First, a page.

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New Hampshire bill to require limited licenses for drunk drivers

Individuals who are convicted of drunk driving in New Hampshire face stiff penalties, even when an incident represents a first conviction. A bill considered by the state legislature in May would require individuals with criminal convictions on first-time drunk driving charges to apply for limited licenses if they wanted to drive to work, school or other essential locations.

The bill, which seemingly brings another step to the aftermath of a drunk driving conviction, does have positive points for individuals facing charges. A drunk driving charge can impact a person's entire life, causing inability to maintain school requirements, medical appointments or work schedules if a license is suspended and a person doesn't have a local support system to assist in transportation.

The bill would require a judge to approve the location or locations that a person wanted to drive to before a license was received. Additionally, anyone with the special license would be required to install an ignition interlock device in the vehicle. Such devices require a person to blow into the device before the vehicle will start, reducing the chance someone will drive drunk.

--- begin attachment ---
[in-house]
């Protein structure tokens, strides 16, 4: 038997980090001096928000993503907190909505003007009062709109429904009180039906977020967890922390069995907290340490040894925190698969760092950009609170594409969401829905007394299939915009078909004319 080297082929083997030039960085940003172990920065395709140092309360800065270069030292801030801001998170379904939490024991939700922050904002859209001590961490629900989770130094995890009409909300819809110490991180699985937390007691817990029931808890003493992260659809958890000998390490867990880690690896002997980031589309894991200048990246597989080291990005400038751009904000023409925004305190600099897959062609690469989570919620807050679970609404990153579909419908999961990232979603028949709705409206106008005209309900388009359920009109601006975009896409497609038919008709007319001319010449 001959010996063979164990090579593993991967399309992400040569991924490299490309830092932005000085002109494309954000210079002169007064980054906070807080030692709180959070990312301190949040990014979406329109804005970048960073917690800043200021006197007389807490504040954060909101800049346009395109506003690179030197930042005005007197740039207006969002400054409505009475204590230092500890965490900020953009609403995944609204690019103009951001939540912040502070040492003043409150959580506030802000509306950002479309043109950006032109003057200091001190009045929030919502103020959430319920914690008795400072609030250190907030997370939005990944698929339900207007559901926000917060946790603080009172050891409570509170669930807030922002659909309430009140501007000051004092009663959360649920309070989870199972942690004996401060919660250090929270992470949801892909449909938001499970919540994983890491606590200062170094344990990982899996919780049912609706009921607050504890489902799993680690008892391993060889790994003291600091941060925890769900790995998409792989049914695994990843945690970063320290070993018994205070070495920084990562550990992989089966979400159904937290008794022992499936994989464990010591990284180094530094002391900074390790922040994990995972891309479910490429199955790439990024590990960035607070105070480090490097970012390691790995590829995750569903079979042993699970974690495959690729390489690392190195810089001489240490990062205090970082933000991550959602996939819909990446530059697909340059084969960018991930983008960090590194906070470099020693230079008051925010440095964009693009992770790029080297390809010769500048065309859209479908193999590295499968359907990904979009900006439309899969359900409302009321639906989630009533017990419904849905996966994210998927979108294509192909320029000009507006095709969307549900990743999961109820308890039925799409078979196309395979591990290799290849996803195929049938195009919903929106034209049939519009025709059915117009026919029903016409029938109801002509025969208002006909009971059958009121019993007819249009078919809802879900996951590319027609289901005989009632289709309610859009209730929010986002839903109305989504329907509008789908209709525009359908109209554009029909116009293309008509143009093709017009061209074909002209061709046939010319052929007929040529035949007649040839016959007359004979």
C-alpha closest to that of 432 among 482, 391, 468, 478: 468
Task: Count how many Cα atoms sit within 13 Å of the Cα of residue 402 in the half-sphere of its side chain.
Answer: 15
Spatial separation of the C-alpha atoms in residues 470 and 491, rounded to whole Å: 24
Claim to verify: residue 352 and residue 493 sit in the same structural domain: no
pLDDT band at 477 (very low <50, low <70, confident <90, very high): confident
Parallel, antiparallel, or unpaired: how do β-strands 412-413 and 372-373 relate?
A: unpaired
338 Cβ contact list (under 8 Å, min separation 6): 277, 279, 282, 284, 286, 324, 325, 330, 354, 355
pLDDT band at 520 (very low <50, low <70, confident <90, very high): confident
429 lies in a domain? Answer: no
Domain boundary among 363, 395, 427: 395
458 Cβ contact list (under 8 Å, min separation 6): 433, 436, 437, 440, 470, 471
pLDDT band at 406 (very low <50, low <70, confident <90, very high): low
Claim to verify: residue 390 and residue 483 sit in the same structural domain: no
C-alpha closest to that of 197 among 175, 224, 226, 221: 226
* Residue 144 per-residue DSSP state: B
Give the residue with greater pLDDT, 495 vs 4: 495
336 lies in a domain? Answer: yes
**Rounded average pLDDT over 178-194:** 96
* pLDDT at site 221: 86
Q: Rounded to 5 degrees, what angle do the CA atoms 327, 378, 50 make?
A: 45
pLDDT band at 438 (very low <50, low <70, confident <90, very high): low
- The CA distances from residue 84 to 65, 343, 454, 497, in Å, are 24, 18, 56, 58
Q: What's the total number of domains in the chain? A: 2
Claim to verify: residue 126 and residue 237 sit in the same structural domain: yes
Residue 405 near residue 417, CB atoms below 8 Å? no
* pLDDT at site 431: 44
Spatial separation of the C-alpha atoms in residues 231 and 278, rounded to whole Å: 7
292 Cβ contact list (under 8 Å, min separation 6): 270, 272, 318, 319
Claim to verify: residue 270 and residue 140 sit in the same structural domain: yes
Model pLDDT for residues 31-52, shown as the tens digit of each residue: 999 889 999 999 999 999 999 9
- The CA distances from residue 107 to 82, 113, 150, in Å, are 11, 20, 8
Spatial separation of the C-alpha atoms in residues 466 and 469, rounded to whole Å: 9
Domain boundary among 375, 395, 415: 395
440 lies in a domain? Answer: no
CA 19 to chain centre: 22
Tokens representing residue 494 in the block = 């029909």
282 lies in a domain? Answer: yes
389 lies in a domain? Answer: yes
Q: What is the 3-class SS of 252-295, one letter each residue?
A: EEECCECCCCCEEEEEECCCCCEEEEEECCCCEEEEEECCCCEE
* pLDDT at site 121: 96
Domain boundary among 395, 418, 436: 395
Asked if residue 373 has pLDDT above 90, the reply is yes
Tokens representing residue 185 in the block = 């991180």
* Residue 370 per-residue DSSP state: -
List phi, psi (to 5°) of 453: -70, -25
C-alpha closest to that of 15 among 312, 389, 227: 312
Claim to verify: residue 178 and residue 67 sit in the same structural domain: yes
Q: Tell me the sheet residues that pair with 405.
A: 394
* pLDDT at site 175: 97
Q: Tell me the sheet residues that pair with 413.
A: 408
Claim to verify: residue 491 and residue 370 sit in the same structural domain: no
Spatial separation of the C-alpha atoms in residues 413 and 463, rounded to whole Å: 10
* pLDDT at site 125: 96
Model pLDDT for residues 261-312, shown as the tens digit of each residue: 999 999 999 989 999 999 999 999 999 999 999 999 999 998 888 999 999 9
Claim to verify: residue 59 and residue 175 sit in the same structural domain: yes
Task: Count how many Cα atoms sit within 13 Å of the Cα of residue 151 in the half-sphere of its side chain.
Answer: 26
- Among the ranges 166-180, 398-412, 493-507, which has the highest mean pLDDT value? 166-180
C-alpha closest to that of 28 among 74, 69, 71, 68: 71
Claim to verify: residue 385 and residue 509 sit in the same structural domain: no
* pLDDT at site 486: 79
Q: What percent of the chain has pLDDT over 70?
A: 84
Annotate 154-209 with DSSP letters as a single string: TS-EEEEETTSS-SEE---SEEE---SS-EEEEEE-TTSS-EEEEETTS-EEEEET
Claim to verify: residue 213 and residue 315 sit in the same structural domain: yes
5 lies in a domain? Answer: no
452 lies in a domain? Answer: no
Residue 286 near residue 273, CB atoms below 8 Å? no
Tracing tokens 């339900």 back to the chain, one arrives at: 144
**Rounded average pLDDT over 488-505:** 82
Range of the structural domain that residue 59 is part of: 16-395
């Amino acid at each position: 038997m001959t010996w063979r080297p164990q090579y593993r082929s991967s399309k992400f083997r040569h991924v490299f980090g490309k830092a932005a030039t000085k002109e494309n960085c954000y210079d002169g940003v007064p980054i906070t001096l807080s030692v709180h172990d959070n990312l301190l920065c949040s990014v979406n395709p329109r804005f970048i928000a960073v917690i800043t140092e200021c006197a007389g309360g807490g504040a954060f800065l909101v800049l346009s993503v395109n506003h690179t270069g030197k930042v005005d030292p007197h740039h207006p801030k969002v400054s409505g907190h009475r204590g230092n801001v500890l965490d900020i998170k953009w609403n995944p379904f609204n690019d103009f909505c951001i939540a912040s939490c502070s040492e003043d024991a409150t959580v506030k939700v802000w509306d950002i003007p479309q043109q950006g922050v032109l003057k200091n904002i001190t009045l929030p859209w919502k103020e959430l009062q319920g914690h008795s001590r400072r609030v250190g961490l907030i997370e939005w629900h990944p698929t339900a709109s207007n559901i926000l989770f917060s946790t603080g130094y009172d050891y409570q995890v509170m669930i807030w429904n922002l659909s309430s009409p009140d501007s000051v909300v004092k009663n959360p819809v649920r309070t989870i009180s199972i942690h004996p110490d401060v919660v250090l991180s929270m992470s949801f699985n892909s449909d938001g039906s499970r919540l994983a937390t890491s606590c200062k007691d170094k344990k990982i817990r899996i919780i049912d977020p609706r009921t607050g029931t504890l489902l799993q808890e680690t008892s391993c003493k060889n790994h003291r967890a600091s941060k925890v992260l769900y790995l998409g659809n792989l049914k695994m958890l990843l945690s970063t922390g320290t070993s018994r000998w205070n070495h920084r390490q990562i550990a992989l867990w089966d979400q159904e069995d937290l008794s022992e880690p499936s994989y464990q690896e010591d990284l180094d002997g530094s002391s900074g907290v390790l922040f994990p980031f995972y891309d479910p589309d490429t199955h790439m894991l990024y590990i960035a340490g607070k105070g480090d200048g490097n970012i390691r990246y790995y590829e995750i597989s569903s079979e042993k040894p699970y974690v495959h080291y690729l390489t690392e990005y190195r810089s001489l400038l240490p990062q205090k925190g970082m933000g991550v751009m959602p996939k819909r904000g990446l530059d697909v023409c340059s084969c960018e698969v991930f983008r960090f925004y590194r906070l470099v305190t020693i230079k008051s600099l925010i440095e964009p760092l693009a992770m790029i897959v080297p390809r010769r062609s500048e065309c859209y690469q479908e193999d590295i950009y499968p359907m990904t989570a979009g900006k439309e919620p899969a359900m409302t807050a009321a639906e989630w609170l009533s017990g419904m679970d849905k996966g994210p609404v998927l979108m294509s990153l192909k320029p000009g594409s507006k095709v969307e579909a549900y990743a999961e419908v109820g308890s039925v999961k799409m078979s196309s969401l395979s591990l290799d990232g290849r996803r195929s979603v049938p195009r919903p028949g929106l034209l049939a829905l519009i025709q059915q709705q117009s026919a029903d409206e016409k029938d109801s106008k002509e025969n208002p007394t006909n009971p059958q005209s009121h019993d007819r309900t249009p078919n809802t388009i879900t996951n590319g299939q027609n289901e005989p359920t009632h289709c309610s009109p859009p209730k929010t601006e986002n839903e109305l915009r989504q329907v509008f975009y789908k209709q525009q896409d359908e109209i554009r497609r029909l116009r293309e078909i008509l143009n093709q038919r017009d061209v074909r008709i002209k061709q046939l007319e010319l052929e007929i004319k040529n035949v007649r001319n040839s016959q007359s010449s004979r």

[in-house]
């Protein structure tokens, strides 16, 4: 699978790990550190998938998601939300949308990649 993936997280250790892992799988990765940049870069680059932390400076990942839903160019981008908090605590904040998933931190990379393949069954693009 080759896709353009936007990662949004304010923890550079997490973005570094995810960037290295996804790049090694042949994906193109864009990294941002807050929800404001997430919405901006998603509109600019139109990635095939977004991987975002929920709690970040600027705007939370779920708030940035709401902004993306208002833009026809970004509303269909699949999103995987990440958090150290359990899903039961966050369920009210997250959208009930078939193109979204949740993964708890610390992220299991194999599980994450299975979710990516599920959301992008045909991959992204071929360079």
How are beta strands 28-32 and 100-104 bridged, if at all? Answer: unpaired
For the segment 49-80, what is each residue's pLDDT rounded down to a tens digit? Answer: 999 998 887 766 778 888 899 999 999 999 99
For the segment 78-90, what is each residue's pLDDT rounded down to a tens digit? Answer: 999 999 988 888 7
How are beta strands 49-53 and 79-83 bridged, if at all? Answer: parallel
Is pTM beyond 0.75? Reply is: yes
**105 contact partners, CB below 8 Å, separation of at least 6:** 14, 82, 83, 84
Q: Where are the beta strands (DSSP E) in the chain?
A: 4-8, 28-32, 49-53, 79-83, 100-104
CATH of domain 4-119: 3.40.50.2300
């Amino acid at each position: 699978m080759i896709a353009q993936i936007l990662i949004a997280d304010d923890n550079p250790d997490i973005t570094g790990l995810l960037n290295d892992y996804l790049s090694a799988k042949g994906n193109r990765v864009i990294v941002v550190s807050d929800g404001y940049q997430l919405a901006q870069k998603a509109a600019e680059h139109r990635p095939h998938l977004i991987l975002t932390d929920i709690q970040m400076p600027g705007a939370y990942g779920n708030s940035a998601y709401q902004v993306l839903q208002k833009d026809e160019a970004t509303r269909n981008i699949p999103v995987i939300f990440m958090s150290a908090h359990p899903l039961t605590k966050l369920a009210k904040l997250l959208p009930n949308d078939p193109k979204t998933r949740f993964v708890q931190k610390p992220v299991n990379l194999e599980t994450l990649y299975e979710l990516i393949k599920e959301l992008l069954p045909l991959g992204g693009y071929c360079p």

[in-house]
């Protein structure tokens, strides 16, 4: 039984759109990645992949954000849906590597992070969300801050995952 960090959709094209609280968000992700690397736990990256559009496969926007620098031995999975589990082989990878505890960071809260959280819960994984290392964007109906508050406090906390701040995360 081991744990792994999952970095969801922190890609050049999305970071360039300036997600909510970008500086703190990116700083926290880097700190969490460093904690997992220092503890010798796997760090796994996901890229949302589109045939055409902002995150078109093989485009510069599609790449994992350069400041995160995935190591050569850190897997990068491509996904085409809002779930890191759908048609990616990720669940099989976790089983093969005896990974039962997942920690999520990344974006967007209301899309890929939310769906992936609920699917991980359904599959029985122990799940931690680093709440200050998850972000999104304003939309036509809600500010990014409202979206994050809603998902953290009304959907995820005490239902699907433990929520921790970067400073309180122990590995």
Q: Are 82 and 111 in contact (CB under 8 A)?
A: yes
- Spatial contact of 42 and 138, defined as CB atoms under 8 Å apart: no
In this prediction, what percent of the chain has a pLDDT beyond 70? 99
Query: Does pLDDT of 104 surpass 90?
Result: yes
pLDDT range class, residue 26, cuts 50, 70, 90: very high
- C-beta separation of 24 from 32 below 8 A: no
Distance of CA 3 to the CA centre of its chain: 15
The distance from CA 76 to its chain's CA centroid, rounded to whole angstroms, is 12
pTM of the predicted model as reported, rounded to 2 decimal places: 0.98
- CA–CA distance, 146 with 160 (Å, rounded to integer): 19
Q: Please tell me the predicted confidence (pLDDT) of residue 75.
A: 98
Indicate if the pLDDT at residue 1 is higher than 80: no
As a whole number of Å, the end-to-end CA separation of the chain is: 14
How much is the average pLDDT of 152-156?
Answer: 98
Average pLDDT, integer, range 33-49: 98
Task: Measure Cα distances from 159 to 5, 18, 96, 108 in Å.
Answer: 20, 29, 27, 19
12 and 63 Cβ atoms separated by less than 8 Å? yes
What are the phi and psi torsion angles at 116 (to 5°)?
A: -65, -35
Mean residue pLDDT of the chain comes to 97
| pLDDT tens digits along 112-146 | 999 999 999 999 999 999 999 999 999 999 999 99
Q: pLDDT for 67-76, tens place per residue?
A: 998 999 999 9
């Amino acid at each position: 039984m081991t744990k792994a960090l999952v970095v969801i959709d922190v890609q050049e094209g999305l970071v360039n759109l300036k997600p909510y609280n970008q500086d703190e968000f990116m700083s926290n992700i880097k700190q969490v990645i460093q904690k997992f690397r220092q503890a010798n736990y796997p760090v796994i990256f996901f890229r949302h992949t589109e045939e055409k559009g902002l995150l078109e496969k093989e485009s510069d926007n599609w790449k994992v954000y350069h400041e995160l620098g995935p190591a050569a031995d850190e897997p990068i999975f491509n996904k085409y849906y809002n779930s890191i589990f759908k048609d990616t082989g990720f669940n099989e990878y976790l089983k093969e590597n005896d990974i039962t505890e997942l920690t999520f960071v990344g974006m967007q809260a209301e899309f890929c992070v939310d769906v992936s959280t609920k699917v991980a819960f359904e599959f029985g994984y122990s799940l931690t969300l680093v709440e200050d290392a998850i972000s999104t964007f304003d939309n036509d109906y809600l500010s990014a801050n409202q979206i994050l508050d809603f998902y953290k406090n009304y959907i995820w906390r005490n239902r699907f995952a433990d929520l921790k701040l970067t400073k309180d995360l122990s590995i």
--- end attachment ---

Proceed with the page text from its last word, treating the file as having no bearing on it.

Individuals would only be allowed to drive to and from approved locations, and could not drive cars without the interlock device. Reportedly, Mothers Against Drunk Driving is supportive of the bill because it encourages and teaches sober driving. The bill would not be effective until 2016, so authorities have time to prepare for the change.

One aspect of criminal defense that many people don't consider is the aftermath. Whether acquitted or convicted, individuals may need to go through certain procedures following a criminal case. Measures such as the limited licenses make it possible for individuals to maintain a level of normalcy in their lives following convictions, but failure to adopt requirements could result in further legal woes.

Source: Seacoast Online, "N.H. Senate approves limited license for drunken drivers" No author given, May. 15, 2014

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